The dulcimer is meaningful in many ways. It allows me to explore and play all kinds of music. It’s a passport to gatherings of wonderful people I otherwise would never meet. It pushes me to understand more about music theory so I can arrange my favorite tunes.
So this month when I finished teaching an 8-week course for new players at American University’s Lifelong Learning Institute, I was interested to hear what the dulcimer meant to my students. One was thrilled to find the class; dulcimer playing had been on her “bucket list.” Another was exploring her Kentucky heritage and picked up the instrument as a way to reconnect with her Appalachian roots.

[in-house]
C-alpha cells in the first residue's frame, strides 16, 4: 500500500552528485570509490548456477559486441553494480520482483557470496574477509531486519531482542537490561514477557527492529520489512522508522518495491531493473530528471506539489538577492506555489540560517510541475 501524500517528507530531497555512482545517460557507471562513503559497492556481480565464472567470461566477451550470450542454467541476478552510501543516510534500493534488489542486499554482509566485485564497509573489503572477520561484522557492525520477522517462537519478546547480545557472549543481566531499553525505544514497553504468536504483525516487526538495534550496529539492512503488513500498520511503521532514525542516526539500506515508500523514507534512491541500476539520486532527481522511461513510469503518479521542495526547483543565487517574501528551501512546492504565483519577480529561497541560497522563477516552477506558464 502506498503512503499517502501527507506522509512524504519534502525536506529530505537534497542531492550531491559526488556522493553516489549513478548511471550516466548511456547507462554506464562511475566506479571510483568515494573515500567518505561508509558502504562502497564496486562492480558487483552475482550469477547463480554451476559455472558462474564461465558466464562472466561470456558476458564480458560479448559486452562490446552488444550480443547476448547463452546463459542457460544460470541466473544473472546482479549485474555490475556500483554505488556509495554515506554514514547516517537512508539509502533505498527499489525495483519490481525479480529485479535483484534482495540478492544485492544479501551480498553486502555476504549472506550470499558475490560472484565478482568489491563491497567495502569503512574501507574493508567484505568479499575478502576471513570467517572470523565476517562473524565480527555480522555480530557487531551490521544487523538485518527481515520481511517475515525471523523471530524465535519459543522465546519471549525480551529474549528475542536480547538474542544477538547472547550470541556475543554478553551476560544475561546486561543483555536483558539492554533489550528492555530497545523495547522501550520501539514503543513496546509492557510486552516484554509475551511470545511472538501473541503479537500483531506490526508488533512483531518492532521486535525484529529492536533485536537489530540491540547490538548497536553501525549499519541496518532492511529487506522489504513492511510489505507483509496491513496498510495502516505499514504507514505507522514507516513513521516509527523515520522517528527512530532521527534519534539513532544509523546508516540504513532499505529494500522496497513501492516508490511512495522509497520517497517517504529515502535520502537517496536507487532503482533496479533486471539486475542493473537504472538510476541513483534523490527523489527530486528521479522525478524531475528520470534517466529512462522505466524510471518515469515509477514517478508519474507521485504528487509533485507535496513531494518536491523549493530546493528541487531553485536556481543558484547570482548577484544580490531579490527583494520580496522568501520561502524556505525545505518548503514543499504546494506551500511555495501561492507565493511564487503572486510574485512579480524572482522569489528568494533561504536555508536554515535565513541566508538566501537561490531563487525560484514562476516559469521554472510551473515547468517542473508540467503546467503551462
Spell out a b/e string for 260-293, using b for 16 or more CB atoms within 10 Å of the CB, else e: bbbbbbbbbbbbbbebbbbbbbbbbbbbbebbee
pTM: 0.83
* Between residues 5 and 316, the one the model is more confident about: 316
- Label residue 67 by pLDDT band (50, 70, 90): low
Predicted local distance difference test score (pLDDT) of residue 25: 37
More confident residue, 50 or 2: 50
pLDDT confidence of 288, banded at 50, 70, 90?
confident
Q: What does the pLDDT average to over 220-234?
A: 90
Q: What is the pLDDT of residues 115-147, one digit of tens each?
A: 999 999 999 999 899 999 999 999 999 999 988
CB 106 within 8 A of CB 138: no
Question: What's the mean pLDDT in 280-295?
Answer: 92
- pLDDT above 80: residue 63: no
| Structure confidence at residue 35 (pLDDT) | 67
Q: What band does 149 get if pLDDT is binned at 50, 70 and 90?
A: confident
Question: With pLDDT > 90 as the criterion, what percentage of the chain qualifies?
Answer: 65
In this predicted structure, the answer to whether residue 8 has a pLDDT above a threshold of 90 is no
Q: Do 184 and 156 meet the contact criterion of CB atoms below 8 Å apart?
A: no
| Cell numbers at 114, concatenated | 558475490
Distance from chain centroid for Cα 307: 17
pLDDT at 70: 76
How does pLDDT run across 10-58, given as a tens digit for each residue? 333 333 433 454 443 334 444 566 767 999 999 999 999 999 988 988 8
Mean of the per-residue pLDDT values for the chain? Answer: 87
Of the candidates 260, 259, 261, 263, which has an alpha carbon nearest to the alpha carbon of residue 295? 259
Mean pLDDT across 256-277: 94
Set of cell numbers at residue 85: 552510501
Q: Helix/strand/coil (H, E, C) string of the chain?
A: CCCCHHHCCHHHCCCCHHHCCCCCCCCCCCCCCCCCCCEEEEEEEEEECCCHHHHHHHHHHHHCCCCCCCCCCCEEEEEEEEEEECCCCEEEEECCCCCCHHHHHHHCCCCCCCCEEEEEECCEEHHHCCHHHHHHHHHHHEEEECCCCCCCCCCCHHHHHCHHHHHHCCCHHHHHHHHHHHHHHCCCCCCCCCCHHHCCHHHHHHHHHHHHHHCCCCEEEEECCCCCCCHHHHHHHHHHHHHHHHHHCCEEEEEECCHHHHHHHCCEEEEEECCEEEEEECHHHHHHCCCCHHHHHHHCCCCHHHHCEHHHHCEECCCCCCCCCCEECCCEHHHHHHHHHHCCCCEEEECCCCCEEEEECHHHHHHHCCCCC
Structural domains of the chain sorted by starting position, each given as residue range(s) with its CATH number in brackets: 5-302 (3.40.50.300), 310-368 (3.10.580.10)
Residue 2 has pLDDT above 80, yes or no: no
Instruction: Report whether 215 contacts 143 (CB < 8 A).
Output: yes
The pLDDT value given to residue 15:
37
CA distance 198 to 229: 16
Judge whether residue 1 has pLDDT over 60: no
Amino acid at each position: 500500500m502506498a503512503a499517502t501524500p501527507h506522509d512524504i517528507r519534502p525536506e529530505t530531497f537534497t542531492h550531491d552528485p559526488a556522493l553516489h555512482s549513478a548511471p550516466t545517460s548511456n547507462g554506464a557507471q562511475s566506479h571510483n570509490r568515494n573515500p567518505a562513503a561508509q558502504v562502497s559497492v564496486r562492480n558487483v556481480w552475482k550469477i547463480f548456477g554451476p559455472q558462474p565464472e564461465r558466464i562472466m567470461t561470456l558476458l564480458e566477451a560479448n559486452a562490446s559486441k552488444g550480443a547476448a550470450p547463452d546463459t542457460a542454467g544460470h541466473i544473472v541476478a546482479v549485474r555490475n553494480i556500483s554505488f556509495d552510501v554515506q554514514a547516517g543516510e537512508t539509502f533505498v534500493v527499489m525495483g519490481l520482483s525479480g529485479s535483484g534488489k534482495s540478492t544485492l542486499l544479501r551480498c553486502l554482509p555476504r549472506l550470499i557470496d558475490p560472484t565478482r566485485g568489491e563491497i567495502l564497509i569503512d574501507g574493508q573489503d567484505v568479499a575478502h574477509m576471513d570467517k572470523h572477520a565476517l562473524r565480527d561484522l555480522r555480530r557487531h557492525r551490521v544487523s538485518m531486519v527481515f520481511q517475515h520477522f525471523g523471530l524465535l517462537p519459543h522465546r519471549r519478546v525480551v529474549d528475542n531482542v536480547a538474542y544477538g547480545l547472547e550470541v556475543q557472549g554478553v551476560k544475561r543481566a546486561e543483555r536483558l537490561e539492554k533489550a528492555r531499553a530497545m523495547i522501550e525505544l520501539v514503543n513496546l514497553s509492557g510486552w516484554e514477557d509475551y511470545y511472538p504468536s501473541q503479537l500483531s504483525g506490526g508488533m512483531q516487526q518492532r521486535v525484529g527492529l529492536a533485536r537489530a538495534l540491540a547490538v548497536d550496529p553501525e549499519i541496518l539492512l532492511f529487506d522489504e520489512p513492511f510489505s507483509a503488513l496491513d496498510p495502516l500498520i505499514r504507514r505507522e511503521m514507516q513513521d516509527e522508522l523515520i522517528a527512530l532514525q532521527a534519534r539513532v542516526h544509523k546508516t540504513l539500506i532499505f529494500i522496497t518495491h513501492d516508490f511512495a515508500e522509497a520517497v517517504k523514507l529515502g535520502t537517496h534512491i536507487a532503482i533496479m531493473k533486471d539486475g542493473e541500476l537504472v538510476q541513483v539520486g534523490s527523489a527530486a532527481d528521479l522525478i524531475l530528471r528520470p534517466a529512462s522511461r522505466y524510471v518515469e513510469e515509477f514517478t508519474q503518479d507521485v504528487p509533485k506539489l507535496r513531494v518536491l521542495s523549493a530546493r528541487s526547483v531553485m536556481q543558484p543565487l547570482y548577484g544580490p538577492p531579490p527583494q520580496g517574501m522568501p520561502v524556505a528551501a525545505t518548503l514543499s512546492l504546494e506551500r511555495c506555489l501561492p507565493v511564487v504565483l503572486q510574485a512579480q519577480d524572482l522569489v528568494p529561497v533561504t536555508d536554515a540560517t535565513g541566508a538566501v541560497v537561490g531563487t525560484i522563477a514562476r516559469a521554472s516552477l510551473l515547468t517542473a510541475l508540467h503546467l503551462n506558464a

Perhaps the dulcimer’s significance was most profound for one gentleman who throughout his life–even with a love of music–never had much success playing an instrument. The dulcimer began to change all that as he persevered to master fingerings and strums. It was delightful to see him buoyed by the encouragement received from classmates; he remains excited about continuing to play on his own.
I marvel at the unique way in which the dulcimer touches each of us. It’s a special joy to see my enthusiasm for the instrument take hold in others.